Skip to Main Content

Black History Month: Power of Black History

Origins of Black History Month

Carter G. Woodson posed in front of a bookshelf

In September of 1915, historian Carter G. Woodson and minister Jesse E. Moorland founded the Association for the Study of Negro Life and History (ASNLH). It is known today as the Association for the Study of African American Life and History (ASALH). This organization was dedicated to promoting and researching the achievements of Black Americans and others of African descent. This group went on to sponsor the first national Negro History week which took place on the second week of February in 1926. This date was chosen to coincide with the birthdays of Frederick Douglass and Abraham Lincoln.

In the following decades, mayors across the country issued proclamations every year recognizing Negro History Week. By the late 1960s, Negro History Week had evolved into Black History Month on many college campuses. Black History Month was officially recognized in 1976 by president Gerald Ford and has been recognized annually by presidents every year since.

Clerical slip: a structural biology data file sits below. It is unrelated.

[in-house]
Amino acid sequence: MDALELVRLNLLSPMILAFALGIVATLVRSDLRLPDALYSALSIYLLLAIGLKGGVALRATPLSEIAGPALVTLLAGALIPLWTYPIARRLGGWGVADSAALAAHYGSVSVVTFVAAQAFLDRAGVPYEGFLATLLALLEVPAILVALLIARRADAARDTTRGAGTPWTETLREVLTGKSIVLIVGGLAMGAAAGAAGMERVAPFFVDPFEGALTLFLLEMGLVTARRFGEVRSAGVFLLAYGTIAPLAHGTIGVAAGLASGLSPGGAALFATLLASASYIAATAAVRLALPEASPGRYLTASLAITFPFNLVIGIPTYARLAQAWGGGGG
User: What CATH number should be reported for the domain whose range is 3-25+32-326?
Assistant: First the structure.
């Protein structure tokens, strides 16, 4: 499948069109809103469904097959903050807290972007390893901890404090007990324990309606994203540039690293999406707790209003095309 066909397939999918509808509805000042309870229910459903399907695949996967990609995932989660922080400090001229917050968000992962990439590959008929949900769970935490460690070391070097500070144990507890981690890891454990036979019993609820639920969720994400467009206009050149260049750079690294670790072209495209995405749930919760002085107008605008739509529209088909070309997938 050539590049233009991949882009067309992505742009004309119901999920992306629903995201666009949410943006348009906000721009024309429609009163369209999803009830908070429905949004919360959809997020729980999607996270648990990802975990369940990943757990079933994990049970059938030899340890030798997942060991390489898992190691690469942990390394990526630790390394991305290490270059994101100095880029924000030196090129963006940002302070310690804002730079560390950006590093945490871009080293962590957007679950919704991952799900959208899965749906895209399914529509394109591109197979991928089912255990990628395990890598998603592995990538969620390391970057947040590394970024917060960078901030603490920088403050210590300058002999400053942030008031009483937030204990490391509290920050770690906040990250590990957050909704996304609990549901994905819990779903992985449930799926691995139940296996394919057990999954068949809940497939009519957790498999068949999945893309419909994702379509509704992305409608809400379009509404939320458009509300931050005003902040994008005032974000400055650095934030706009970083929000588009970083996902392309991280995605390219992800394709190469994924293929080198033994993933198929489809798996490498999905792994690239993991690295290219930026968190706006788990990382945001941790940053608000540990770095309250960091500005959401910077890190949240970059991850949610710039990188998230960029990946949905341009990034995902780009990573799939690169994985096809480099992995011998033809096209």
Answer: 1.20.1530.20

2024 Theme

Black History Month has a different theme every year to focus the attention of the public. This year's theme is:


"African American art is infused with African, Caribbean, and the Black American lived experiences. In the fields of visual and performing arts, literature, fashion, folklore, language, film, music, architecture, culinary and other forms of cultural expression, the African American influence has been paramount. African American artists have used art to preserve history and community memory as well as for empowerment. Artistic and cultural movements such as the New Negro, Black Arts, Black Renaissance, hip-hop, and Afrofuturism, have been led by people of African descent and set the standard for popular trends around the world. In 2024, we examine the varied history and life of African American arts and artisans." - ASALH